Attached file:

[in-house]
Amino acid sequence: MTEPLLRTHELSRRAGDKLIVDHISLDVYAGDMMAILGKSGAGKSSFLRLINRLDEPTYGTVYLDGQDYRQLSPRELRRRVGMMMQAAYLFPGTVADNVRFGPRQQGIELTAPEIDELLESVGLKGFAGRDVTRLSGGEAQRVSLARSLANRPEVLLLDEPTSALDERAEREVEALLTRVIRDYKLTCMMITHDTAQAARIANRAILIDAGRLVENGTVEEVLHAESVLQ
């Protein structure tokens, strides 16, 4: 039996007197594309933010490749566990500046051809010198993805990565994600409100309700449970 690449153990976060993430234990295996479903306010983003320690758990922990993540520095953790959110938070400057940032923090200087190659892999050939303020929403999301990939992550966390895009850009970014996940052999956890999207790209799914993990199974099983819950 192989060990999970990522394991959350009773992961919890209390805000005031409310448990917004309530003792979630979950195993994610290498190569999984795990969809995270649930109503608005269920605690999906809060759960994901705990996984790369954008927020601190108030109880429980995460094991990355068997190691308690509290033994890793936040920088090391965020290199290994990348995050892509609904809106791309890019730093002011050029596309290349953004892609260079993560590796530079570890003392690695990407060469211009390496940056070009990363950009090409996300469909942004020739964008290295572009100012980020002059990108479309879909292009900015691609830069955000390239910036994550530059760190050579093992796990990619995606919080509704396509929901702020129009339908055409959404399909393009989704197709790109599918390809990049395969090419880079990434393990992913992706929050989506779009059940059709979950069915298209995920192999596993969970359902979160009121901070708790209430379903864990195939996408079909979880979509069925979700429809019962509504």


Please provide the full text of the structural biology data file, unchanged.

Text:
[in-house]
Amino acid sequence: MTEPLLRTHELSRRAGDKLIVDHISLDVYAGDMMAILGKSGAGKSSFLRLINRLDEPTYGTVYLDGQDYRQLSPRELRRRVGMMMQAAYLFPGTVADNVRFGPRQQGIELTAPEIDELLESVGLKGFAGRDVTRLSGGEAQRVSLARSLANRPEVLLLDEPTSALDERAEREVEALLTRVIRDYKLTCMMITHDTAQAARIANRAILIDAGRLVENGTVEEVLHAESVLQ
């Protein structure tokens, strides 16, 4: 039996007197594309933010490749566990500046051809010198993805990565994600409100309700449970 690449153990976060993430234990295996479903306010983003320690758990922990993540520095953790959110938070400057940032923090200087190659892999050939303020929403999301990939992550966390895009850009970014996940052999956890999207790209799914993990199974099983819950 192989060990999970990522394991959350009773992961919890209390805000005031409310448990917004309530003792979630979950195993994610290498190569999984795990969809995270649930109503608005269920605690999906809060759960994901705990996984790369954008927020601190108030109880429980995460094991990355068997190691308690509290033994890793936040920088090391965020290199290994990348995050892509609904809106791309890019730093002011050029596309290349953004892609260079993560590796530079570890003392690695990407060469211009390496940056070009990363950009090409996300469909942004020739964008290295572009100012980020002059990108479309879909292009900015691609830069955000390239910036994550530059760190050579093992796990990619995606919080509704396509929901702020129009339908055409959404399909393009989704197709790109599918390809990049395969090419880079990434393990992913992706929050989506779009059940059709979950069915298209995920192999596993969970359902979160009121901070708790209430379903864990195939996408079909979880979509069925979700429809019962509504």